pleasurable. Then he goes on to engage in this very horrific homicide.

And then I think one of the most interesting things for me was the point
where he`s pulling the dart up close to his face, and you see those eyes
shift from shiny, sparkly eyes to what we call dead eyes, and that`s when
you see the threat come out. That`s when you see the psychopathy come out,
because dead eyes are consistent with psychopathy. And that`s where you
see the very maniacal Richard Matt.

KORNACKI: Well, one of the escapees could be injured. Here`s New York
State Police Major Charles Guess with details about that.

(BEGIN VIDEO CLIP)

GUESS: Let`s face it. A bloody sock, that means somebody had a blister,
or it could mean a lot worse. I`m hoping for the best. Anything that
would impede their progress in the search area and aid these searchers
would be a good thing for us.

(END VIDEO CLIP)

KORNACKI: All right, so, Clint, it looks like they`re in these woods, It
looks like they have established somewhat of a perimeter here. But these
are very thick woods. These are very dense woods. Maybe they`re hiding out
in different people`s cabins.

When you look at this, are you confident it`s just a matter of time before
they find them?

VAN ZANDT: Well, I think so.

Again, now, realize we don`t know how much blood was in the sock. We know
one, if not both individuals have been identified by DNA. You know what?
It`s interesting now. We used to say DNA could take days, it could take
over a week. They now have the ability, if you have something to compare
it with, to make that match within 90 minutes.

So, law enforcement was hot on the heels of these guys, but the question
is, how quickly were they able to put an outer perimeter around this whole
area? Just like that circle you`re showing, Steve, how quickly were they
able to throw 500, 1,000 police officers and put that iron ring around
there?

And then what you want to do, you want to have law enforcement officers
from the cabin moving out, and from that outer ring moving in. You want to
catch these guys in between. But, again, if it`s like that state police
major says, they likely have their hands on a shotgun. They may have
already written the final chapter. They have just not lived it out yet.

KORNACKI: Thank you to Clint Van Zandt and Mary Ellen O`Toole. Appreciate
the time tonight.

Coming up: Chris Christie is sinking in the polls, his top aides are under
indictment in Bridgegate, and yet Christie is getting ready to announce his
presidential campaign as early as next week.

That`s next with the roundtable. You`re watching HARDBALL, the place for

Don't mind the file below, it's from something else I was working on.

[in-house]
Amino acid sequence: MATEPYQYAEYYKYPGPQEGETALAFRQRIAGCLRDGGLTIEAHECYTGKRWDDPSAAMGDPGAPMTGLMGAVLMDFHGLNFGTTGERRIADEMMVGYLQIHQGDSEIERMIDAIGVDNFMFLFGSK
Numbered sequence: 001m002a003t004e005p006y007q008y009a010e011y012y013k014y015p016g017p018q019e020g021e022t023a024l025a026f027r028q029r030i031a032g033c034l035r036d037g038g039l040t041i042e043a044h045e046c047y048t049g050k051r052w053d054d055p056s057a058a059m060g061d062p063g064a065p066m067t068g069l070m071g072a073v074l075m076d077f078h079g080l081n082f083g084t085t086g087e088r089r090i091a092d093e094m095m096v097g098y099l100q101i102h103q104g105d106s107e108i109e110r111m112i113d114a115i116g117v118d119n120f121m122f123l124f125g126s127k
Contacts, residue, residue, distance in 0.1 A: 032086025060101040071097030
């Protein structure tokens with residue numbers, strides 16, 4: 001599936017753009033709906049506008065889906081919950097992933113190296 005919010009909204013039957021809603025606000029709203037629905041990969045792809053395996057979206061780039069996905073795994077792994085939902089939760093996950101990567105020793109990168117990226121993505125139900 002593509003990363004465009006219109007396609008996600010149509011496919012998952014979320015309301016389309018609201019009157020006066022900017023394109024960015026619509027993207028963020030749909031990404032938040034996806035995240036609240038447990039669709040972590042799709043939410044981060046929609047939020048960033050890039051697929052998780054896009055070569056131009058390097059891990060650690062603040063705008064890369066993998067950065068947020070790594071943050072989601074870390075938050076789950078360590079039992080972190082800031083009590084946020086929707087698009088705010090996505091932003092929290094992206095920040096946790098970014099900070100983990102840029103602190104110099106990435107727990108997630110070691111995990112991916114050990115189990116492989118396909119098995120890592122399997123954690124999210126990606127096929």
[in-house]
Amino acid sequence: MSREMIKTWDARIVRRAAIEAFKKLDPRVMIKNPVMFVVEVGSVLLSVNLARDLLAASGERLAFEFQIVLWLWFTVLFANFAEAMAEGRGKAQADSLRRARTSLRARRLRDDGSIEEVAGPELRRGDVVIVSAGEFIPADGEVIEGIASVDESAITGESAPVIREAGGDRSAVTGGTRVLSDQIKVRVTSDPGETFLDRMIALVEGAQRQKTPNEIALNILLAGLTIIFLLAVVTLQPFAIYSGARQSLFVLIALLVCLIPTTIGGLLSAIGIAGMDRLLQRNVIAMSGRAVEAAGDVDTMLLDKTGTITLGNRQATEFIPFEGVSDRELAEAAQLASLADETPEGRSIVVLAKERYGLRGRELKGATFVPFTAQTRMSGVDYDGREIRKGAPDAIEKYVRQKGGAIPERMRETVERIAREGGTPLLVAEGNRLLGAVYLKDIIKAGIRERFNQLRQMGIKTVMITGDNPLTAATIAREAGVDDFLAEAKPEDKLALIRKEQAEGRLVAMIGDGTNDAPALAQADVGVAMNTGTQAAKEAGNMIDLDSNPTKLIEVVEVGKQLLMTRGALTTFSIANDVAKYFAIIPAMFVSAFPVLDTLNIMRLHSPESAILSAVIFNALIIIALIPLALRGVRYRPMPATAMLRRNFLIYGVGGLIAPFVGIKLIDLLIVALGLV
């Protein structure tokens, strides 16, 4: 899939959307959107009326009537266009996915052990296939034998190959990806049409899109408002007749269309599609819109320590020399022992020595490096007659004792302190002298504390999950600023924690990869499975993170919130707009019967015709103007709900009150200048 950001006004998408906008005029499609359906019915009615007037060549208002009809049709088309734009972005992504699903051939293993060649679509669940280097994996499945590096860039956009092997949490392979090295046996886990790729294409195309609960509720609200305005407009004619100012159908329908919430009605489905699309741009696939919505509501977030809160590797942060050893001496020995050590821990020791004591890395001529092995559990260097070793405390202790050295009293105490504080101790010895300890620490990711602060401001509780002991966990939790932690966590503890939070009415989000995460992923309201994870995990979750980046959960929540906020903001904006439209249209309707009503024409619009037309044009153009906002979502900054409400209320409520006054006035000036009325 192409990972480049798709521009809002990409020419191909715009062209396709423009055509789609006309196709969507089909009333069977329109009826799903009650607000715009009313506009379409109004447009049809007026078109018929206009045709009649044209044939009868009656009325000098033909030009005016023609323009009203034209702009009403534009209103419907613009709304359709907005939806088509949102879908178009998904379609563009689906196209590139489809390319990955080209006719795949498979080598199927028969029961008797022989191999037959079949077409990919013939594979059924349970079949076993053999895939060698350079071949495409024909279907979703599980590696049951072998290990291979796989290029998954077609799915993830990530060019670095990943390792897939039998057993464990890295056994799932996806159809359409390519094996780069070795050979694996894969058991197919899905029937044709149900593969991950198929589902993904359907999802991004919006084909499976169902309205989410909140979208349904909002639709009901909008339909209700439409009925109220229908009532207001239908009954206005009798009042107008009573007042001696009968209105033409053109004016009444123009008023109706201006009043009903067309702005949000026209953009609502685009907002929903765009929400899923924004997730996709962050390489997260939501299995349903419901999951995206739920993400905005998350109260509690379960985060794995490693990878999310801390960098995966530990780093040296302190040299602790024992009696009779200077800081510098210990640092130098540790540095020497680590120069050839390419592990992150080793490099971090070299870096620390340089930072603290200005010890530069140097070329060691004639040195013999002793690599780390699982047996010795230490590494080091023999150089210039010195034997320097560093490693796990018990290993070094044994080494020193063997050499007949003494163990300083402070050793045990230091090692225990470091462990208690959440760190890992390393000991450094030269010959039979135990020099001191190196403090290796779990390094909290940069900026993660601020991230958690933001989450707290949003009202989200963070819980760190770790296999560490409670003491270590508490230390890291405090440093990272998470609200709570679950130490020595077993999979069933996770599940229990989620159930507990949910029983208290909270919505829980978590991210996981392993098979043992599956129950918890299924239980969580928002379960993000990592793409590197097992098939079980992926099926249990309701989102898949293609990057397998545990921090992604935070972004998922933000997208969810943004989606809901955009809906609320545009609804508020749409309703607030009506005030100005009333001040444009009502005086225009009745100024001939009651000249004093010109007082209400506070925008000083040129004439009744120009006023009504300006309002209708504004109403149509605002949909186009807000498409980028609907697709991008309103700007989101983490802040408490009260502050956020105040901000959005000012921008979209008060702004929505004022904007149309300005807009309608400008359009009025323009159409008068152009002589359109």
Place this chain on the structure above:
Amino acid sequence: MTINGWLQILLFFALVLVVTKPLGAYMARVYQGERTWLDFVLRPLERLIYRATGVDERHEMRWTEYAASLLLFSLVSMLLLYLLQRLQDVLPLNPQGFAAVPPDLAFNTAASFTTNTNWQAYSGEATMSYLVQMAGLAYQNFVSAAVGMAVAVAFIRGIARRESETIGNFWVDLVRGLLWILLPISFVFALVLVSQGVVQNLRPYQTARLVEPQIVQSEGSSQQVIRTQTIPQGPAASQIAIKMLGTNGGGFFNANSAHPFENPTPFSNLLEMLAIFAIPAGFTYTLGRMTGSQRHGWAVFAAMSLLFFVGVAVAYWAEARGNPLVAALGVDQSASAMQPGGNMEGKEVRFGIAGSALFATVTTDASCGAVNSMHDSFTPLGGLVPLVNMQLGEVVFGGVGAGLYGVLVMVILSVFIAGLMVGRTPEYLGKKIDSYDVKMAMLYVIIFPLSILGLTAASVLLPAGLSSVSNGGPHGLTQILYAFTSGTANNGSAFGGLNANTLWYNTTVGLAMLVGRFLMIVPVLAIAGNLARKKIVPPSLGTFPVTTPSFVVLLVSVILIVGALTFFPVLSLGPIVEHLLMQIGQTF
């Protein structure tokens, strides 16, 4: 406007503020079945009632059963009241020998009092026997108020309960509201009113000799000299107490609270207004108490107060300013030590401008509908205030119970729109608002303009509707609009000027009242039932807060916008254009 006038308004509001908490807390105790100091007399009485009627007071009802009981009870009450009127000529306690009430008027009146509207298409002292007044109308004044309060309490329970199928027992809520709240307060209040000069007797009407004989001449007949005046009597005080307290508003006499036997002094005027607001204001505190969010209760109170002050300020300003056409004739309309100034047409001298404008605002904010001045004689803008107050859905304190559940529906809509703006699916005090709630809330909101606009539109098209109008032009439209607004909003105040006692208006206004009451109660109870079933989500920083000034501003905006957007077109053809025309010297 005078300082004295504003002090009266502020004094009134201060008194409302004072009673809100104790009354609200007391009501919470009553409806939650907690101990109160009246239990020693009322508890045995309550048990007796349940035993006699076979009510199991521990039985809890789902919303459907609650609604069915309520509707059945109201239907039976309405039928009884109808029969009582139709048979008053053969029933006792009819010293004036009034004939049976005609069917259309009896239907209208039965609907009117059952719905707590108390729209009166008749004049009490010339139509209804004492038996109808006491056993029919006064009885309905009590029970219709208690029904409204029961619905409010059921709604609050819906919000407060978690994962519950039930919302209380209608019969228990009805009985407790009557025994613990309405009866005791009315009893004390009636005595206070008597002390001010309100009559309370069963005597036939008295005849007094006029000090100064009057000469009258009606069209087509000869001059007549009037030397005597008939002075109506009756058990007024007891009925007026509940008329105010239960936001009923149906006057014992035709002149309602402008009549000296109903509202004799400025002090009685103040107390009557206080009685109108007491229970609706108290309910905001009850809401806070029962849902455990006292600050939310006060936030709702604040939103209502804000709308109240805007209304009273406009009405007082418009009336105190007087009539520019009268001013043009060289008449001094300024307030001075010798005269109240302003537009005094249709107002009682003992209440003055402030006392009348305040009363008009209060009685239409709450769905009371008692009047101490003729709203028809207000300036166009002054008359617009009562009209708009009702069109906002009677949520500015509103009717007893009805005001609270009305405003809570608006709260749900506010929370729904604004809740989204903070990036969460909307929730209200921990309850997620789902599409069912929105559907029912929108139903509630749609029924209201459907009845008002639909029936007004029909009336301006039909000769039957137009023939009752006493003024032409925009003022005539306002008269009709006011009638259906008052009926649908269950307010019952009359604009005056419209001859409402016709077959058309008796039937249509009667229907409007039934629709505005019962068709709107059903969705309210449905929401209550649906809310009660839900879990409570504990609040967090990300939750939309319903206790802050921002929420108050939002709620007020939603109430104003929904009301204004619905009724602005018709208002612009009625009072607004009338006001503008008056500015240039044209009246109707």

politics.

(COMMERCIAL BREAK)

MILISSA REHBERGER, MSNBC CORRESPONDENT: I`m Milissa Rehberger. Here`s
what`s happening.

Convicted Boston Marathon bomber Dzhokhar Tsarnaev was formally sentenced
to death earlier. He apologized for the 20313 -- the 2013, rather, attack,
saying, "I`m sorry for the lives that I have taken."

The White House is applauding efforts by members of the House and Senate to
restore the promise of the Voting Rights Act, saying Congress should give
it the consideration it deserves. The Supreme Court struck down key
provisions of the act two years ago.

A thousand people have been evacuated from homes near a massive wildfire
outside of L.A. The blaze broke out this afternoon.

And Bobbi Kristina Brown, the daughter of Whitney Houston and Bobby Brown,
has been moved to hospice care. She was found face down in a bathtub in
January -- back to HARDBALL.

KORNACKI: We are back.

Politico reports today that New Jersey Governor Chris Christie will
formally announce his candidacy for president as soon as next week. Aides
to the governor saying there`s room in the Republican field for -- quote --
"an establishment candidate" and that his campaign will focus on winning
the key primary state of New Hampshire.

But the news comes as Governor Christie continues to struggle in his home
state of New Jersey. An April poll found that 65 percent of his own
constituents, two-thirds of them, do not think that he would make a good
president, just 29 percent saying that he would.

At the time, Christie insisted that Jersey voters merely wanted him to
continue serving as governor. Here`s how he spun those numbers on FOX News
last month.

(BEGIN VIDEO CLIP)

MEGYN KELLY, FOX NEWS: The New Jersey voters say you would not make a good
president. Now, they know you the best. Why shouldn`t we trust them?

GOV. CHRIS CHRISTIE (R), NEW JERSEY: They want me to say. A lot of those
people in the 65 percent want me to stay. I`ve heard that from lots of
people at town hall meetings: don`t leave to run for president because we
want you to stay.

KELLY: But they say you would not make a good president.

CHRISTIE: No, I think people hear the question they want to hear.

(END VIDEO CLIP)

KORNACKI: Now, a new poll from Fairleigh Dickinson University puts Chris
Christie job approval at 30 percent. That is the lowest it`s ever been.
And when New Jersey voters were asked whether they disliked the governor
personally or they dislike his policies or they just dislike everything
about him, the plurality of the poll said they disliked everything about
him.

What`s worse is that Republican primarily voters across the country appear
to feel the same way about Christie, according to the new NBC News/"Wall
Street Journal" poll, 55 percent say they could not see themselves
supporting him.

I`m joined now by the roundtable: Jay Newton Small of "Time Magazine",
Jonathan Allen of Vox, and Heidi Przybyla of "Bloomberg News".

Well, Jay, let me start with you. So, he`s way down in his home state.
He`s falling far behind in the Republican race. He`s been eclipsed by, I
don`t know, eight, ten other candidates. He`s got them right where he
wants them, right?

JAY NEWTON-SMALL, TIME MAGAZINE: Yes, it sounds look a real shoo-in for
president. He enters the race as a frontrunner.

But I mean, look, Chris Christie is an amazing political -- you know, I
don`t want to say beast, but he`s amazing politician who is incredible